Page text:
Cleaning Glass Frame and Lens Easily
Nearly 50% of Americans wear glasses, according to the Board of Trade of group vision. And most of them are guilty of the greatest crime in the maintenance of the lenses: Exhale his glasses and wipe the fog off with his shirt. But is that really damage your lenses? Teri Geist, an optometrist in Omaha, Neb., And the president of the American Optometric Association weighs.
While there are countless products on the market that claim to remove stains away, the AOA recommends the most basic options: Soap kitchen sink. The best way to clean your lenses, says Dr. Geist, is under hot water and place a small drop of dish detergent in the fingertips to create a foam on the lens. Then rinse with warm water and dry with a clean, soft cotton cloth.
“Everyone uses his shirt fabric of the worst!” she says. “His shirttail is almost certain that carries dust, and has the potential to scratch the lens.”
Glass vs Plastic
Of the 69.1 million Americans who last year bought corrective lenses, most purchased plastic lenses; The glass passes emerged safely. Unlike the hard surface, the plastic is flexible and can be easily scratched.
Once the lenses are scraped, “there is no way to win buff,” says Dr. Geist. The attempt to clean the lenses when dry mitigation problem like a wet surface is slippery than dry. “People breathe in their vessels, then grab a tissue or paper towel or towel because they are convenient but coarse fibers are composed of debris could leave behind,” says Dr. Geist. He added that special microfiber cloths are good for touch-ups during the dry day but are not a substitute for a thorough cleaning with soap. He’s not breathing.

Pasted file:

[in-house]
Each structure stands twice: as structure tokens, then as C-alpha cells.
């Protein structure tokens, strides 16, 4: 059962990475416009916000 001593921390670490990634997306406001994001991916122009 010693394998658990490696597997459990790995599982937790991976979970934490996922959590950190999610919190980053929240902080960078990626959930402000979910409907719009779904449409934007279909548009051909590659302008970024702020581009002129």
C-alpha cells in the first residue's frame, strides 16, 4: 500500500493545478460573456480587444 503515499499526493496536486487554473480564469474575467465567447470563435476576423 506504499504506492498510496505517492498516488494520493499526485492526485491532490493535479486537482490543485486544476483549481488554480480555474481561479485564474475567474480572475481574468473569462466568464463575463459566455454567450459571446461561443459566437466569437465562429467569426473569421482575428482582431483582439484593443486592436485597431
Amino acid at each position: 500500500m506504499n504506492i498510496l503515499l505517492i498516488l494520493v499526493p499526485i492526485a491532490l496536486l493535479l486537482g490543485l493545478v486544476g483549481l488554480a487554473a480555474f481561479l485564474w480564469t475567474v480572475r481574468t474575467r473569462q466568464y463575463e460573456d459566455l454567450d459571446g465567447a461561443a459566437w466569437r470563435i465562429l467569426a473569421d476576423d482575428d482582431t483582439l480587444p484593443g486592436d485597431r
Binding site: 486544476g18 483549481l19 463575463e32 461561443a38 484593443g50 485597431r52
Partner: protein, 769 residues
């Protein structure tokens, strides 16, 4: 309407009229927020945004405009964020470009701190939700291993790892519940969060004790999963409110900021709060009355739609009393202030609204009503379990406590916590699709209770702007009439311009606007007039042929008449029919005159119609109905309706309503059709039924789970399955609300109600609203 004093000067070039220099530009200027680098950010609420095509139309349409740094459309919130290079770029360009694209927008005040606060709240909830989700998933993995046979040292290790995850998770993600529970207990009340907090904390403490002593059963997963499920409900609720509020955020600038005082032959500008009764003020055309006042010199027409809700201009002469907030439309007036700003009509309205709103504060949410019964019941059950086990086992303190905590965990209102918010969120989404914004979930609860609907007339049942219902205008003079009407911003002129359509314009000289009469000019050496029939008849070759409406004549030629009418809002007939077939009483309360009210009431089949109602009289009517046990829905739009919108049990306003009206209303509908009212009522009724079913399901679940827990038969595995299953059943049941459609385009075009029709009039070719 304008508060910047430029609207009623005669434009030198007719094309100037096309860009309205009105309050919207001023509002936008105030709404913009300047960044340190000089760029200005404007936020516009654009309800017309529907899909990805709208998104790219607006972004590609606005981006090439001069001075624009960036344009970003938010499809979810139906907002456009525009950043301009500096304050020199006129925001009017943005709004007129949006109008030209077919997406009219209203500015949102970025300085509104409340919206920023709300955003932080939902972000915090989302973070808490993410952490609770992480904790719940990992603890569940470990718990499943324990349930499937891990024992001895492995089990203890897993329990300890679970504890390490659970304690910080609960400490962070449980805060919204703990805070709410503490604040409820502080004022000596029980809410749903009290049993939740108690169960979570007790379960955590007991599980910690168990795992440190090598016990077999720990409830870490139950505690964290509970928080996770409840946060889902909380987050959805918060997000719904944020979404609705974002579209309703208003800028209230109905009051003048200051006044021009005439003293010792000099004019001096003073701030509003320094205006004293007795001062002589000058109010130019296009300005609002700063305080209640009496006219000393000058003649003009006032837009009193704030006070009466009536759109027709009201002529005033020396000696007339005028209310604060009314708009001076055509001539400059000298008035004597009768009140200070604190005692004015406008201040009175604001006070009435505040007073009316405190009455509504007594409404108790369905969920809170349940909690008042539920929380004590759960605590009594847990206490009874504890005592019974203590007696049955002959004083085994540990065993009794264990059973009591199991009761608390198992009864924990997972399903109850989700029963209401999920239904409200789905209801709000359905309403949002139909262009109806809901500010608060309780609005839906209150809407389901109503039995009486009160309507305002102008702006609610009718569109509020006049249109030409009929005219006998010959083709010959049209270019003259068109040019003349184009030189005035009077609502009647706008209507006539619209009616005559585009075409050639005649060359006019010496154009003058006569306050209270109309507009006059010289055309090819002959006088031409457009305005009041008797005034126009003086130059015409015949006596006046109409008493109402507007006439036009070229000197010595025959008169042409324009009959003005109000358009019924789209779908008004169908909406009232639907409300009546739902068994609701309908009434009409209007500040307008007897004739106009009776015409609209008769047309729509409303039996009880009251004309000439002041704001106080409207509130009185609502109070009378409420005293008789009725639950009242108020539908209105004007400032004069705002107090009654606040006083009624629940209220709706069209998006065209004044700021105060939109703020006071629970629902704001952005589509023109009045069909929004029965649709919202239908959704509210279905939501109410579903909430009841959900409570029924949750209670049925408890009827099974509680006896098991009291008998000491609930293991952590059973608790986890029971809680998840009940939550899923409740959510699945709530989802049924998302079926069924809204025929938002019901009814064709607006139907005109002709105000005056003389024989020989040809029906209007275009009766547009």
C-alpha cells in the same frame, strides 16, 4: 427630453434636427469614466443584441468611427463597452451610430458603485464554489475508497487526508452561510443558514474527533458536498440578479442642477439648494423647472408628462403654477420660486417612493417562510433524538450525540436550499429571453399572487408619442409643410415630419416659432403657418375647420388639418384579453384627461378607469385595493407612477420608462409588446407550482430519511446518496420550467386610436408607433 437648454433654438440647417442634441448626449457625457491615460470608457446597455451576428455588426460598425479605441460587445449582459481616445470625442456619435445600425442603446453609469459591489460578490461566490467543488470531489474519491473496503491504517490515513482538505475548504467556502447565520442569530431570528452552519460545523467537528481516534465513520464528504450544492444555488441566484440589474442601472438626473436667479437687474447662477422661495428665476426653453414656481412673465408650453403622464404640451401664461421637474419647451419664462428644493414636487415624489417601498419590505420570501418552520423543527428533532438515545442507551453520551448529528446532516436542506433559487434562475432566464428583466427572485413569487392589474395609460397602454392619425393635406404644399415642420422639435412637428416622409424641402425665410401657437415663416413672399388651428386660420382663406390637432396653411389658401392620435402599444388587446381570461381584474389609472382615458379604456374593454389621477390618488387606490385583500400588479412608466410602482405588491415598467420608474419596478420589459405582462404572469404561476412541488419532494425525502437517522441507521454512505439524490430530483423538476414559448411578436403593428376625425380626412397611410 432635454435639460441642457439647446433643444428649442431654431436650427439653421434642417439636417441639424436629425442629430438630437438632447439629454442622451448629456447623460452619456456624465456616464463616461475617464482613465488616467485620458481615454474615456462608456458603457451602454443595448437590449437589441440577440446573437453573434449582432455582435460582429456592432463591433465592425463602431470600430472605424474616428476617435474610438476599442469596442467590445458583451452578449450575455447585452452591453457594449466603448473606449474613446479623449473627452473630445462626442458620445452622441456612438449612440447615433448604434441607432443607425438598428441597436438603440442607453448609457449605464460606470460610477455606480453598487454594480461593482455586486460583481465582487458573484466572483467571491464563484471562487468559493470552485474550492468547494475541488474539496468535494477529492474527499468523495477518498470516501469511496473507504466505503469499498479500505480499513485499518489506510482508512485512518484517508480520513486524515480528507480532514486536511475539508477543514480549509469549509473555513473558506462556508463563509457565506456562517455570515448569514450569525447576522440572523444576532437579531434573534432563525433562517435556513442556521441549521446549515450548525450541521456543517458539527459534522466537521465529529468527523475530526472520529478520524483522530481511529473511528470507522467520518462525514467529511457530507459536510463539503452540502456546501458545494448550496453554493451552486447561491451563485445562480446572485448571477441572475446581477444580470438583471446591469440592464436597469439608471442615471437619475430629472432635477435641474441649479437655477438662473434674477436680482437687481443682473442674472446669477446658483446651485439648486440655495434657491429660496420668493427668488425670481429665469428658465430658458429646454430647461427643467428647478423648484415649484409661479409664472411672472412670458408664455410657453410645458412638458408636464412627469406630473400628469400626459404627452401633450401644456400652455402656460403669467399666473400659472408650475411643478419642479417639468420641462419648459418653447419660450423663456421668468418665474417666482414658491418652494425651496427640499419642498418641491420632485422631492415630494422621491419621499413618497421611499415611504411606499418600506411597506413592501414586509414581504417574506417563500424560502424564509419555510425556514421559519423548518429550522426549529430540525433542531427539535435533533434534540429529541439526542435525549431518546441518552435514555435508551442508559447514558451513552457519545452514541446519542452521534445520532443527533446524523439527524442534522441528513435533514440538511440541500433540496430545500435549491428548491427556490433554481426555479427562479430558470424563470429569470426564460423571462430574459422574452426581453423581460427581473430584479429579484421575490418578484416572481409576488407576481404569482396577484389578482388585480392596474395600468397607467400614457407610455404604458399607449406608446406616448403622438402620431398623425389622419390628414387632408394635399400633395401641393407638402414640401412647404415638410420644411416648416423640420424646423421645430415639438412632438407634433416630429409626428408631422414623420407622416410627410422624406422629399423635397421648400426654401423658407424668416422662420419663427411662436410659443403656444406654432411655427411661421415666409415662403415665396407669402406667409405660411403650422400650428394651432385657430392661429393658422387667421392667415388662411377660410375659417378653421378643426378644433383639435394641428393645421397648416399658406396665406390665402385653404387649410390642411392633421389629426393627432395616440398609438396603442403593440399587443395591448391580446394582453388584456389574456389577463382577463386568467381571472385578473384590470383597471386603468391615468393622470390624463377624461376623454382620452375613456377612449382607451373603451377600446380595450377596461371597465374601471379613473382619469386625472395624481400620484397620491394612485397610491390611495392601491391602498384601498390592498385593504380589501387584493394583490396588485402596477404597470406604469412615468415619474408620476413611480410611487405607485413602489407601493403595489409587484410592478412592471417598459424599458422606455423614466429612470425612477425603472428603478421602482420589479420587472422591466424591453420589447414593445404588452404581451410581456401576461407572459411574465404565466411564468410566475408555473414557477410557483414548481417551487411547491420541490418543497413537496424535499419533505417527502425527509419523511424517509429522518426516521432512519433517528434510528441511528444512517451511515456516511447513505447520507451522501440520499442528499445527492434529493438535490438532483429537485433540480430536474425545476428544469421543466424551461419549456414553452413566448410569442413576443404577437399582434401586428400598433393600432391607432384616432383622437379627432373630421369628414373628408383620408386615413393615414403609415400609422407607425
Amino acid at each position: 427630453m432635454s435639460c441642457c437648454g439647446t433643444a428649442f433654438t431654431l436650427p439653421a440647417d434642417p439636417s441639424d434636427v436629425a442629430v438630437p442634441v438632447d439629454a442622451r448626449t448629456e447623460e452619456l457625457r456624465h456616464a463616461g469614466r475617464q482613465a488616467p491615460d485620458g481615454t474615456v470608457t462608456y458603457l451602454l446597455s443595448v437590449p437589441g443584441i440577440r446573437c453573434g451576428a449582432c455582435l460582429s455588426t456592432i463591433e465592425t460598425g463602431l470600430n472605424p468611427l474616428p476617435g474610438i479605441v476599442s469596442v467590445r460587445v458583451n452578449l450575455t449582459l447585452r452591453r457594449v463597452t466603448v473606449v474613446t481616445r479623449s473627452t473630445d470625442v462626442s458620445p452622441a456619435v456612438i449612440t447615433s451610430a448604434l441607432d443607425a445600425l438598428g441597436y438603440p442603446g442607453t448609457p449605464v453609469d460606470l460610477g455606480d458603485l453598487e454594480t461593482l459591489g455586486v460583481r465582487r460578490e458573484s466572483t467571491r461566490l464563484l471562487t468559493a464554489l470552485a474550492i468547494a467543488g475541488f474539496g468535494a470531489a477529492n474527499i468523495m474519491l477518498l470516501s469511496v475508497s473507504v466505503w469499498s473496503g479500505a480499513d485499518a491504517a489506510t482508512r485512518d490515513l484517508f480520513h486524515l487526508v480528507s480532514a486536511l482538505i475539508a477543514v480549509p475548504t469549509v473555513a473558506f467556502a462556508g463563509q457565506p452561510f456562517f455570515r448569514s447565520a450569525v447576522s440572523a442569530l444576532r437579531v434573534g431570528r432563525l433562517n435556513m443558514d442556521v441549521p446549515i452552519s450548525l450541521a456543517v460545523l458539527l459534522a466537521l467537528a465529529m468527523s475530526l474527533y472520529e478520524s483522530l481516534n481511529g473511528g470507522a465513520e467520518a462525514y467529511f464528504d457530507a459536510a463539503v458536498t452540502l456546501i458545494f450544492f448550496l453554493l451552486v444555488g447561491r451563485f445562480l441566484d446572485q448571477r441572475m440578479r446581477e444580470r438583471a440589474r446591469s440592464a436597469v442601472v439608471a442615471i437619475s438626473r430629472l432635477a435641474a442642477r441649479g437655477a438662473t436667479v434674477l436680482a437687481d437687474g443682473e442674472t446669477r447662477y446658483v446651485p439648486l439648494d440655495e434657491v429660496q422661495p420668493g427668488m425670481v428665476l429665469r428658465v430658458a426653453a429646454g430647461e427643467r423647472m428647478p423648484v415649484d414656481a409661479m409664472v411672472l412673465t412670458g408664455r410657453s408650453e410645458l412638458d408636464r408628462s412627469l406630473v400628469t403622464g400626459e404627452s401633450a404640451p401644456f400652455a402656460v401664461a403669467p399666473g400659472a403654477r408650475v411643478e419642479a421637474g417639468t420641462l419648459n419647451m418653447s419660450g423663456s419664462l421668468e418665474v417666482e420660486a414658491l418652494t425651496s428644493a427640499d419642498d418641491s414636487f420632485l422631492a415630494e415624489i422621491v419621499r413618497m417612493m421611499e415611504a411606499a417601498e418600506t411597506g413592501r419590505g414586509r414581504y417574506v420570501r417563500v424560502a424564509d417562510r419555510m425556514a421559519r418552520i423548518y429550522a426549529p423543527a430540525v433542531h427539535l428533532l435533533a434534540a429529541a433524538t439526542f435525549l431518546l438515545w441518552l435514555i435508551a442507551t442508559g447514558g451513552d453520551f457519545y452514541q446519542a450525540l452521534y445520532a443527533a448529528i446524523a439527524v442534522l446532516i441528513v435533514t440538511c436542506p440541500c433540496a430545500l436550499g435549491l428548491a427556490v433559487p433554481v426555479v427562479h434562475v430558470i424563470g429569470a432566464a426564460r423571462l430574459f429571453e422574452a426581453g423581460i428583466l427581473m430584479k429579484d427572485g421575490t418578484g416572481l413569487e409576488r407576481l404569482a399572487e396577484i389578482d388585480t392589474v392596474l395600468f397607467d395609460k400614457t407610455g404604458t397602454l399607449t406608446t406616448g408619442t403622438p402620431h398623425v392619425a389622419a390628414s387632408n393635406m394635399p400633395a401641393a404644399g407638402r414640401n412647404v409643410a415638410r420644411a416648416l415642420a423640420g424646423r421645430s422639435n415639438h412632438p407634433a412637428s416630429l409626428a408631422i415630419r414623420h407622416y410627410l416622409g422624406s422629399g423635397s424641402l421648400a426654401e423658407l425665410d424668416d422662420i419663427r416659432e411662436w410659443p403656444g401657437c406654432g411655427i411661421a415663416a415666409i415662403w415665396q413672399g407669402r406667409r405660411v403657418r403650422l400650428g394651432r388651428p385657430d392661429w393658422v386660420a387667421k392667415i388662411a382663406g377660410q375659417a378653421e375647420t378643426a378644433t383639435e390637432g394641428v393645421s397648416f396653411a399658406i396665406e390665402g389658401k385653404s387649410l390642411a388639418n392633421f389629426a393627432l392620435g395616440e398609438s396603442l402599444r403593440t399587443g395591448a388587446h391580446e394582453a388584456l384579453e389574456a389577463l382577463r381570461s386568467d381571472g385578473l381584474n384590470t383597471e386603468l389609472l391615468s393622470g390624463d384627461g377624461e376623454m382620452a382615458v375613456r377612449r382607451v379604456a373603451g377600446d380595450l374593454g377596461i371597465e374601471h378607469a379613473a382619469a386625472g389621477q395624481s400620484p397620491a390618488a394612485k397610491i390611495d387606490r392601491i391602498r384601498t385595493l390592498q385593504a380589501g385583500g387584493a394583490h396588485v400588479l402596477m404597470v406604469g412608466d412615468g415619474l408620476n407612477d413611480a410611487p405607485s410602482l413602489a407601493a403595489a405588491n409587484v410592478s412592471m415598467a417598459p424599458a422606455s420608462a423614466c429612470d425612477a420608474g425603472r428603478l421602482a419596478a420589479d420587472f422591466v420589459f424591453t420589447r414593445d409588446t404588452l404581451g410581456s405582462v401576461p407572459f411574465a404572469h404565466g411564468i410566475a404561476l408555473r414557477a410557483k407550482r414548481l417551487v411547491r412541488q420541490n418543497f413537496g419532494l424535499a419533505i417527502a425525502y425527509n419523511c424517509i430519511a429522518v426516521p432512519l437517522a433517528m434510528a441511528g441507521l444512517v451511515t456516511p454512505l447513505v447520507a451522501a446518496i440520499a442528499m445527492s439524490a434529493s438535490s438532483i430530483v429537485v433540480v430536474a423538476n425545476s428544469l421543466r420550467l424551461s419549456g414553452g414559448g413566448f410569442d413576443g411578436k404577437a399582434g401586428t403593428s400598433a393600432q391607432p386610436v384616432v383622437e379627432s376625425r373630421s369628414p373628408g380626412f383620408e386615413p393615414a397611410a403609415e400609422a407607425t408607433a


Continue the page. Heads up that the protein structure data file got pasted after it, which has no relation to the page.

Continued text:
Thinking about the problem
The lenses usually have some sort of protective coating and should never come in contact with ammonia, bleach, vinegar or glass cleaner. “These chemicals can break down the coating or just fly,” said Dr. Geist. “You know that these bubbles sometimes visible on the lens? These are caused by cleaning solutions. “Avoid the problem by asking glare and UV varnishes that are embedded in the glass, which can cost about $ 100 more than the ordinary coated lenses.
Natural oils from hands and face, the tabs may result in a large accumulation amount of each day, which reduces the effectiveness of the lenses. Leaving glasses in a sink or toilet, where hairspray and perfume can fly through the air, added to the residue. The AOA recommends washing glasses every morning, paying special attention to frames and headphones, where hair and makeup products tend to disappear. Whatever you do, do not use the most useful way of water to clean your lenses. “Some people use saliva, but they do not,” urges Dr. Geist. Although dirty glasses will not cause eye infection, saliva “is not the best method of hygiene, and will not work very well,” she said. Soap, hot water, and a dry cloth are all you need, once a day to keep lenses clean and functional optimally. “I’ve had patients who say they can not see well, but it’s only a scratch,” said Dr. Geist.